POLICE actions must reflect the values of the communities they serve, said acting Commissioner of Police, Nigel Hoppie, as the Guyana Police Force (GPF) implements a three-year strategic plan from 2019-2021.
Hoppie issued the charge during his feature address at a graduation ceremony of 88 police ranks who participated in an elementary prosecutor’s course; station management course and the newly-promoted subordinate officer’s course.
The graduation was held at the Officers Training Centre, Eve Leary, Georgetown, on Friday.
He said participants would have been exposed to certain areas of training which are critical in personal development and in extension development of the GPF.
Hoppie noted that the participants and content of all three courses were carefully selected, not just only to highlight contemporary issues, but to build capacity necessary to confront various issues.
“It is important to note that the GPF has embarked on a reform programme and is currently engaged in the implementation of a three-year strategic plan, that is from 2019-2021, and the plan is guided by five pillars namely: operational priorities, human development, partnership, performance and infrastructure,” the acting commissioner said.
He said training remains a key strategic imperative of the organisation since it is important to ensure that the human resource component of the force has the expected value to its operation.
Hoppie said that it is important that mechanisms are in place to provide direct attention through care and maintenance to equipment and vehicles at various stations.
“We have implemented a trained and divisional/branch logistics officer whose duty largely compliments the inspectors and subordinate officers in charge of stations, serving as an oversight with an effective and efficient administration of vehicle, equipment and division and branches,” he said.
Underscoring that the GPF has already commenced the alignment of divisional boundaries in line with the 10 administrative regions, Hoppie said this was done to improve functional cooperation between the GPF and regional executive.
The acting commissioner said the force expects improved efficiency from divisional officers and ranks, resulting from enhanced interaction with a shared mission and focus on crime issues specific to the region.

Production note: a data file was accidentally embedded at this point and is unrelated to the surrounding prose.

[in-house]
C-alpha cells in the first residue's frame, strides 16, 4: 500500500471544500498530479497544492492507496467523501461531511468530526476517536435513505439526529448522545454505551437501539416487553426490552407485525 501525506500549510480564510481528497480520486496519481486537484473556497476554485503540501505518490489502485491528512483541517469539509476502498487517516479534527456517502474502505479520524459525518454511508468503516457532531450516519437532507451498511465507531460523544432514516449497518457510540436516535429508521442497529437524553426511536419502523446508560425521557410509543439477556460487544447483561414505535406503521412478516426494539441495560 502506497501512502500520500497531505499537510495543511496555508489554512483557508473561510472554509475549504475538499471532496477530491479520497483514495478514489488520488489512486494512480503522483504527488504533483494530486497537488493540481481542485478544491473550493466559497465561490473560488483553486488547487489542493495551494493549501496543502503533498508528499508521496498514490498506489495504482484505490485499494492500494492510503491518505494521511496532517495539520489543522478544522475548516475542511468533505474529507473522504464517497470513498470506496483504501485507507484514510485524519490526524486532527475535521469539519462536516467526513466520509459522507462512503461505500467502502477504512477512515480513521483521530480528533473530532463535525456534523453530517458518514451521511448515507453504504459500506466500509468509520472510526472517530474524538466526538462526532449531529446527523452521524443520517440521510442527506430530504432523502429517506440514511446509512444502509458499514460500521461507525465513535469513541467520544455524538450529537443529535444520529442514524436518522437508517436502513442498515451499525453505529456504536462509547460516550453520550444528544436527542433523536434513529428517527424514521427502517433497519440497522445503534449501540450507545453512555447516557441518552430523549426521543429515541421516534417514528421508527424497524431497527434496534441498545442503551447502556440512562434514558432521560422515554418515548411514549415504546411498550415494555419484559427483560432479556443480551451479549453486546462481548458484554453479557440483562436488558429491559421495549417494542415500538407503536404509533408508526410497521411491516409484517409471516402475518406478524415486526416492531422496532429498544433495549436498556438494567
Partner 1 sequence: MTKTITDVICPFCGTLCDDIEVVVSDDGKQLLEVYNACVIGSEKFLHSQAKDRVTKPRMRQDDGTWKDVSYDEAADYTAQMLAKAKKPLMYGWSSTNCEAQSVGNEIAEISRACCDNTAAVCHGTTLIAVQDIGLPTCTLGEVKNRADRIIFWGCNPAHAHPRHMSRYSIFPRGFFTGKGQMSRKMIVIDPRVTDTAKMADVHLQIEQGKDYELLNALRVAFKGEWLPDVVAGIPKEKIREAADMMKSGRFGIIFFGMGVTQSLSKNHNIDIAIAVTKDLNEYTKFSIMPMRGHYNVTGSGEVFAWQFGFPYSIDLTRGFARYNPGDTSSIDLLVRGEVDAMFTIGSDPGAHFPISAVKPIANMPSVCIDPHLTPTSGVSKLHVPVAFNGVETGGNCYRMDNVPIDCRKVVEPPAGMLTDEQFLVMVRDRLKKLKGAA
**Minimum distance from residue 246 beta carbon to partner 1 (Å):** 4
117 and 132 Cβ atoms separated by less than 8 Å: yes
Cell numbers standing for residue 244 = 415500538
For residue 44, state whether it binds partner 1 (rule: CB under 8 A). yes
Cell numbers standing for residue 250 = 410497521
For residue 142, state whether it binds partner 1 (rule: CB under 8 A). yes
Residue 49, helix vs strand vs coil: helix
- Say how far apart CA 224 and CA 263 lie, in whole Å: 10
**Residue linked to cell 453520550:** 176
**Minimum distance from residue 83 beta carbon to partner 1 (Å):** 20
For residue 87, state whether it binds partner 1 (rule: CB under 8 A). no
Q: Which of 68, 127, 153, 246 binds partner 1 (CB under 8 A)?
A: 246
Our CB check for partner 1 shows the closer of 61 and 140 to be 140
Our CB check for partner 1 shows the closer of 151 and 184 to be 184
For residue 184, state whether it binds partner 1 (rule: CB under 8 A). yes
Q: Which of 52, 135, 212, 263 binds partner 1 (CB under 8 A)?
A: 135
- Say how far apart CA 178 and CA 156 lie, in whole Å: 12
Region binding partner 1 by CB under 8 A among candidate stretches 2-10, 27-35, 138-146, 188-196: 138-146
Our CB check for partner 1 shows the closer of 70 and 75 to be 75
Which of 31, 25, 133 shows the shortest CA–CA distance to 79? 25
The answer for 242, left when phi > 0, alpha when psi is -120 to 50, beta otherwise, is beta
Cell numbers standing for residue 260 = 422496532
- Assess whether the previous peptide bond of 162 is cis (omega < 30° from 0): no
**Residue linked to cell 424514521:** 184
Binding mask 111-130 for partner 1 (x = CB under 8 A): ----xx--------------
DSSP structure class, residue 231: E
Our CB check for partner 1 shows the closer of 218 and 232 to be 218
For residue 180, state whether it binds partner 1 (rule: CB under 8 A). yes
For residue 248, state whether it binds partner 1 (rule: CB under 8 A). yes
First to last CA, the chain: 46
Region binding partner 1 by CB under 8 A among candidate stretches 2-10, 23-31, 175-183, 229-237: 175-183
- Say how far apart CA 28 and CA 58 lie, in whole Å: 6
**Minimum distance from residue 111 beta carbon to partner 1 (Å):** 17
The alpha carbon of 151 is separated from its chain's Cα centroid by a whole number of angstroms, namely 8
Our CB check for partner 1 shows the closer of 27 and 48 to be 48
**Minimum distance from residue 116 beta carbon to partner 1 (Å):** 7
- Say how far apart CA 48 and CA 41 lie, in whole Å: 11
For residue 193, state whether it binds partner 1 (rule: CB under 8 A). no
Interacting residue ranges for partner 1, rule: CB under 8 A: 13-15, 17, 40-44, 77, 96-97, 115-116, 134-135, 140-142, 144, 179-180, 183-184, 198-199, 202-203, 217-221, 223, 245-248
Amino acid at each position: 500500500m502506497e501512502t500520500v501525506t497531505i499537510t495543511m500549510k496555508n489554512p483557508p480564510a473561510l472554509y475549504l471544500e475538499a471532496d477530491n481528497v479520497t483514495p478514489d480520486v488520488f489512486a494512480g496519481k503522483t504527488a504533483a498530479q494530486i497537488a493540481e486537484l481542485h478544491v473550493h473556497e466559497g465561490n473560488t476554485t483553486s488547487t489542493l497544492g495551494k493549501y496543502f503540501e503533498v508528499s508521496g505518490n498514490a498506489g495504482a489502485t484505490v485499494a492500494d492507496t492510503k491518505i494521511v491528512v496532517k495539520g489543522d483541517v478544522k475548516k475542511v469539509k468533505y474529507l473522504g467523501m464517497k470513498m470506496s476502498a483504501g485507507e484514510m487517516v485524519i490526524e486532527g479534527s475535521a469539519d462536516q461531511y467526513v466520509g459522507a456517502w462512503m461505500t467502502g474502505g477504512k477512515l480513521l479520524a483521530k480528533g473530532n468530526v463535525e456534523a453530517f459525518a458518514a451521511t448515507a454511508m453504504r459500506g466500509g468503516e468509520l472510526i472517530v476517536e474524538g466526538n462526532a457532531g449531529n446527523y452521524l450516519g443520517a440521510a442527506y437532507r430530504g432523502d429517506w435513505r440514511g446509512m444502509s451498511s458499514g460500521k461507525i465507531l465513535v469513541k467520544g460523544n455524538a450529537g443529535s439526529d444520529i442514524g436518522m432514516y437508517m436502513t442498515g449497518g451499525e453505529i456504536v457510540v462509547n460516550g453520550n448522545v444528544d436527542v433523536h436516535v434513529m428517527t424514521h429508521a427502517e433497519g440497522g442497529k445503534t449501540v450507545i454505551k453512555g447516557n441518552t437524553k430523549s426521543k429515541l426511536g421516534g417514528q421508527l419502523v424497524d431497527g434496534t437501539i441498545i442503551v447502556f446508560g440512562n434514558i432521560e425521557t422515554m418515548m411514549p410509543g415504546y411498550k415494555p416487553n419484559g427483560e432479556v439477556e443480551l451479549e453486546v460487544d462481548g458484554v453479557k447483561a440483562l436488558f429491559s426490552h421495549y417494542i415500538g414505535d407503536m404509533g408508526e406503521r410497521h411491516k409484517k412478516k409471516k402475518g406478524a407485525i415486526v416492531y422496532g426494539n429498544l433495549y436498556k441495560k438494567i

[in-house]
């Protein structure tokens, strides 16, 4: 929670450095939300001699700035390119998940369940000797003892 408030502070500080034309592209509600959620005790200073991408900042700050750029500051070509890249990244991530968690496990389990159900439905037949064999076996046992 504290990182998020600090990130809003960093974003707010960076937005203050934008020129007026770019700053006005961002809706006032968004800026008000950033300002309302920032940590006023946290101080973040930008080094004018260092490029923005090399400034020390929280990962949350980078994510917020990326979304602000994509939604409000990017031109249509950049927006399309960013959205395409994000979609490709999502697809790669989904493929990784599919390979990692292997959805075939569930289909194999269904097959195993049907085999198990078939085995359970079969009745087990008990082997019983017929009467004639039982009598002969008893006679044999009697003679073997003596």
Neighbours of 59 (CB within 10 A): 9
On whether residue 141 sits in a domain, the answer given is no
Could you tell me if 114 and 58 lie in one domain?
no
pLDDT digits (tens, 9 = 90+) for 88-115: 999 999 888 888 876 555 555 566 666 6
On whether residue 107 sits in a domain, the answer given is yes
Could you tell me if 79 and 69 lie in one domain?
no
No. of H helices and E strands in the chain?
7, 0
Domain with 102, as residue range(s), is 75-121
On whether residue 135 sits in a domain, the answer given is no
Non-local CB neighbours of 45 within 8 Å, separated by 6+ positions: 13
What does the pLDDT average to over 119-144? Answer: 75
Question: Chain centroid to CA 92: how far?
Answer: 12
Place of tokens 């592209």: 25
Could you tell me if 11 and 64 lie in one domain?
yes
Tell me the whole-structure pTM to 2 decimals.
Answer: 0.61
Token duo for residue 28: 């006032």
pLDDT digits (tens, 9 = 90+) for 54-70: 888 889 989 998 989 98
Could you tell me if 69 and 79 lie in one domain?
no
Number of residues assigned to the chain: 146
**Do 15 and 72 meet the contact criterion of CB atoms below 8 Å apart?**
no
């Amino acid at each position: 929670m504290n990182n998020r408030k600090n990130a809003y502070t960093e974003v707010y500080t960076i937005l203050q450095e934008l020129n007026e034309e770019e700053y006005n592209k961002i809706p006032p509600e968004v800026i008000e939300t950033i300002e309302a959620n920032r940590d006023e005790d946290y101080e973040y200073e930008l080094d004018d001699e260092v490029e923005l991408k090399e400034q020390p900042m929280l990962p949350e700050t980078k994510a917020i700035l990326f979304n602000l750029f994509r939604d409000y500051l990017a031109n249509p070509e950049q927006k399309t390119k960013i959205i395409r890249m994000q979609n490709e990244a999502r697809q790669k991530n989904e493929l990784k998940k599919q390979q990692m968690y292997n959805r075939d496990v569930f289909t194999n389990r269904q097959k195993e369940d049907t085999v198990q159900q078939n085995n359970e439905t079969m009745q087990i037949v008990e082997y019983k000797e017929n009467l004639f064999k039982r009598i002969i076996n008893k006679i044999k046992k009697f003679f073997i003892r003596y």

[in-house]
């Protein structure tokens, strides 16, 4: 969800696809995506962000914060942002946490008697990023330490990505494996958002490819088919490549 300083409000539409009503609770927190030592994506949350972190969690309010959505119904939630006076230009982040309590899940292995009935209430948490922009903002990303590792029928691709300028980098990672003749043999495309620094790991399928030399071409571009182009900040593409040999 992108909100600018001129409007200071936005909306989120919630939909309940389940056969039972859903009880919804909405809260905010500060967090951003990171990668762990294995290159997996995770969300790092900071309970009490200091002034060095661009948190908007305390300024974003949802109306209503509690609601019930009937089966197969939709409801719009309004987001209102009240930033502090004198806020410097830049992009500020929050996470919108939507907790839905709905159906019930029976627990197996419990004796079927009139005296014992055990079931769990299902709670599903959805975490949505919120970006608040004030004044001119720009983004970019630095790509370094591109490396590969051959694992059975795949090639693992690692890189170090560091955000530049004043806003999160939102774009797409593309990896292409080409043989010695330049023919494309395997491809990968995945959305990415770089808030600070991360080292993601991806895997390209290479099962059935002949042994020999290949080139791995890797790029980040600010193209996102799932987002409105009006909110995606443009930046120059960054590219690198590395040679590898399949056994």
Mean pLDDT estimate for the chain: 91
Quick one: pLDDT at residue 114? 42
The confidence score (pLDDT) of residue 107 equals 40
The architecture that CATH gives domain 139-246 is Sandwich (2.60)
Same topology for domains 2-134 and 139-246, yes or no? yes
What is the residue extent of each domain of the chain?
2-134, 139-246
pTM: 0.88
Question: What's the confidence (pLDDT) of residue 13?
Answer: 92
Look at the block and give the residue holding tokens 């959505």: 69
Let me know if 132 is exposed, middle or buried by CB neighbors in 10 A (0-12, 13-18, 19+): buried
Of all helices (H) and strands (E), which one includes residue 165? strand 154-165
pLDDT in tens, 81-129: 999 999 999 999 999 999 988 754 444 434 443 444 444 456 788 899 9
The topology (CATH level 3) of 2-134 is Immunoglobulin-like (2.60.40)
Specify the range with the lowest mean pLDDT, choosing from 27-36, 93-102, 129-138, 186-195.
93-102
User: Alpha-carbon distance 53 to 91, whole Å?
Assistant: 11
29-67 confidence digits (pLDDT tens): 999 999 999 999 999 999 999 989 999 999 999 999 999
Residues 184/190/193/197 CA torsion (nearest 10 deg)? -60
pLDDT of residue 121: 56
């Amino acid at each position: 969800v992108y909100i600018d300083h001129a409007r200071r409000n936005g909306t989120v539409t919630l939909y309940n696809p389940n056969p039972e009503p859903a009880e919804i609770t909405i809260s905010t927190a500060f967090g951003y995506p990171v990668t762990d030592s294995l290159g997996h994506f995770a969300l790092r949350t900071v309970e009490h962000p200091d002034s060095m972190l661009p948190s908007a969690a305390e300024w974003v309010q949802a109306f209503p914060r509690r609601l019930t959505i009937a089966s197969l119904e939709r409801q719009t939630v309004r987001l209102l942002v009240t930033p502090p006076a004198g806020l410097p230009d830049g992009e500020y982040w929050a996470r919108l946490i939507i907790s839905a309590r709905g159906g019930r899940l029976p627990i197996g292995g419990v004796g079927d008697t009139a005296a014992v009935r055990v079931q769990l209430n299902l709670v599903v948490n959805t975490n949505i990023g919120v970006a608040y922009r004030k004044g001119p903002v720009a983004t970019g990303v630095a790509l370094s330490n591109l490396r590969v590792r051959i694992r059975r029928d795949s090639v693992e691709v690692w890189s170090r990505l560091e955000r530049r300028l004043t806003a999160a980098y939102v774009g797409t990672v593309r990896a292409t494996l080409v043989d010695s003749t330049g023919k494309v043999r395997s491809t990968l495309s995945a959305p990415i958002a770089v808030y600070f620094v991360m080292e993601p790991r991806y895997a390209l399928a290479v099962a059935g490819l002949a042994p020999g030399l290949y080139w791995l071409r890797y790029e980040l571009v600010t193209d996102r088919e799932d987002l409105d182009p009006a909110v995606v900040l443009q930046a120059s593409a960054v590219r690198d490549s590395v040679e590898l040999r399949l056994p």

“This will result in better allocation of resources and understanding of the region’s dynamics,” he told the junior ranks.
He explained that the training has equipped the participants with the necessary skills, while noting that integrity and duty to citizens are paramount.
“Be a person of character; seek to live a life off of integrity and encourage others to earn the trust in your peers, your supervisor and the community. Be a good partner by being an individual who is trusted based on reputation, integrity and competence,” the acting top cop said.
Meanwhile, Force Training Officer (FTO), Assistant Commissioner, Clifton Hicken, said the participants were introduced to community-based policing in theory and practice.
The ranks were exposed to community work and produced solutions based on their surveys and interactions.
“If it can be adopted at the junior level, it means therefore we will certainly build the bridge between members of the public and the GPF; hence, there should be no more conflict,” the assistant commissioner said.
In giving an a course overview, Taramatie Singh of the Guyana Revenue Authority (GRA), who also participated in the courses, said the intention of the exercise was to identify police ranks and members of the GRA with the skillset required to be effective prosecutors.
Some of the main topics covered, she said, included the role and functions of the prosecutor; ethical responsibilities of the prosecutor; the course of a summary trial; rebuttal and closing statement and mock trials, among others.
Singh said the courses enhanced the participants’ perspectives and knowledge in fulfilling the respective roles as law enforcement officers.